Justin Verlander with the Houston – is it the right recipe?
The last thing that the other teams in the American League with World Series aspirations wanted to see was the Houston Astros acquire Verlander. With only hours to spare before the month of September started, the fears of other teams soon manifested into reality with the Astros acquiring decorated pitcher Justin Verlander in a trade with Detroit Tigers this past Thursday evening, just beating the deadline to acquire players and have them eligible for postseason play.
As recently as a few years ago, the six-time All-Star and perennial Cy Young candidate was perhaps the best pitcher in baseball. But just a year after signing his seven-year, $180 million contract extension which briefly made him the highest paid pitcher in baseball history Verlander’s play began to decline, as his command suffered as a result of nagging injuries that seemed to continually plague him.
But fans rooting for other teams in the American League shouldn’t take much solace in that, considering that after starting the 2017 season with more of those same struggles, he has looked very much like the Verlander of old this summer, thus potentially providing the Astros with a lethal postseason addition. Over Verlander’s past 11 starts, he’s had an 2.31 ERA and .253 opponents’ weighted on-base average, both of which are fifth among starters (minimum 50 innings) over that span.
The move, in and of itself, looks like it will automatically address one of the biggest issues the team has faced in recent weeks: the starting pitching rotation. While the Astros still have the fifth-best ERA (4.14) in the American League as a team, they rank 19th in ERA in the major leagues since the All Star break (4.89). More importantly, that number is dead last among all teams that also have legitimate aspirations of a prolonged postseason run. Anyone who watches baseball is very familiar with the adage that pitching counts the most come playoff time, and the Astros gaudy win total and run differential in the regular season won’t mean anything if they can’t stop teams from scoring when it counts the most.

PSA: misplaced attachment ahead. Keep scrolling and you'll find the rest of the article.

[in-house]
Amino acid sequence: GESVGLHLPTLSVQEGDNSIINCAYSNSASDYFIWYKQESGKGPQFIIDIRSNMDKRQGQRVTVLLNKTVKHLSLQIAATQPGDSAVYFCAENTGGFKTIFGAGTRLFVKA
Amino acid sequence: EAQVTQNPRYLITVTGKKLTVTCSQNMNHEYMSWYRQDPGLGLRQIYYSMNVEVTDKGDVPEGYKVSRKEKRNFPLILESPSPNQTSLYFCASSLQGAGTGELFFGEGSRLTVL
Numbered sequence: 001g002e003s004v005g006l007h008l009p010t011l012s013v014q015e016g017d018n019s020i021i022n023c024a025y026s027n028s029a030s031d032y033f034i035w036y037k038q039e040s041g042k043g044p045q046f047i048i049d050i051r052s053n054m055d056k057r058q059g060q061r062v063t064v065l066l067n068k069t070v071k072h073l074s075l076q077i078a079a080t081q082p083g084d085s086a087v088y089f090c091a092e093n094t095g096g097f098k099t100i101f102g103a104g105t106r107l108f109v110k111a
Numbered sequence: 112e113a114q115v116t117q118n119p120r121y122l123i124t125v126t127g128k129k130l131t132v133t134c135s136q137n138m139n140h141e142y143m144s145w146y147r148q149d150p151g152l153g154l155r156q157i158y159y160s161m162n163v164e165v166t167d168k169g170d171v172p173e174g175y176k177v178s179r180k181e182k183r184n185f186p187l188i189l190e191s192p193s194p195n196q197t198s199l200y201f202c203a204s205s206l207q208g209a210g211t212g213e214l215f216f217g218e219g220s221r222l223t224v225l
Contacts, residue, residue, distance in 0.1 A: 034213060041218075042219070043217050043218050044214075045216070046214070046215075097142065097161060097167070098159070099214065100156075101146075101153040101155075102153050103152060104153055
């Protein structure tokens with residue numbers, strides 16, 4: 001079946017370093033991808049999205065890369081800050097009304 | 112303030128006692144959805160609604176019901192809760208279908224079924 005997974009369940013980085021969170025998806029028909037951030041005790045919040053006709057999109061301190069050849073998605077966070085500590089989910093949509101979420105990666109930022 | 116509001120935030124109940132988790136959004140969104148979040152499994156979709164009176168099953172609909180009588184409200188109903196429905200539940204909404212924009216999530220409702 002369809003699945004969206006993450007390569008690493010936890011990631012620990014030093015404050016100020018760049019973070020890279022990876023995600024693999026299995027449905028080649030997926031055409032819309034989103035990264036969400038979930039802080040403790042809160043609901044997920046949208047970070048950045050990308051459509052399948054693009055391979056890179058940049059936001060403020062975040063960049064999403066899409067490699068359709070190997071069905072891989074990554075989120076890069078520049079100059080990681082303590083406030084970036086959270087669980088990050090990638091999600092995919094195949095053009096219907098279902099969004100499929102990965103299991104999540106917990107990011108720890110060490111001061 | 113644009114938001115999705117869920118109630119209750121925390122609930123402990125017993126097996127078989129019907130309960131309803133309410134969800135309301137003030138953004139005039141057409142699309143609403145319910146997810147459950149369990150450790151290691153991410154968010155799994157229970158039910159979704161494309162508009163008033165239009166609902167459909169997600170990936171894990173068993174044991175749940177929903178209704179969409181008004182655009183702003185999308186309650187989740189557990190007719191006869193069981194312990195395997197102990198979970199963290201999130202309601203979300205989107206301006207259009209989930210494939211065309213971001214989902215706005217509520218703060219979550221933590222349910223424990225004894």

But just as important as the actual pitching performances they’ll get from Verlander is the fact that his addition adds another positive jolt of energy for the Astros, as the team enters the final weeks of the regular season. The injury-ravaged Astros were already starting to put the pieces of the team that essentially wrapped up the AL West race earlier this summer back in place. Ace Dallas Keuchel has had three very strong outings in the month of August, despite what his won-loss record (2-4) might otherwise indicate.
Carlos Correa, Will Harris and Lance McCullers Jr. are all at Triple-A on rehab assignments, and close to returning back to Houston’s lineup. Third baseman Alex Bregman shined during an otherwise gloomy month of August in Houston, as he’s closing in on a 20-20 season with 16 home runs and 15 steals entering September.
Sports history tells us that teams who storm out to such crazy margins early in the season find it increasingly difficult to flip the proverbial switch back on, and climb back to that level of play which helped them build such enormous cushions. Sports history tells us that so much of a player and team’s performance is about momentum, and “getting hot” at the right time. Teams need good things to happen at the right time.
Adding Verlander to what still looks to be the best team in the American League could be the boost that helps this team flip the let’s do it switch and energize itself deep into October.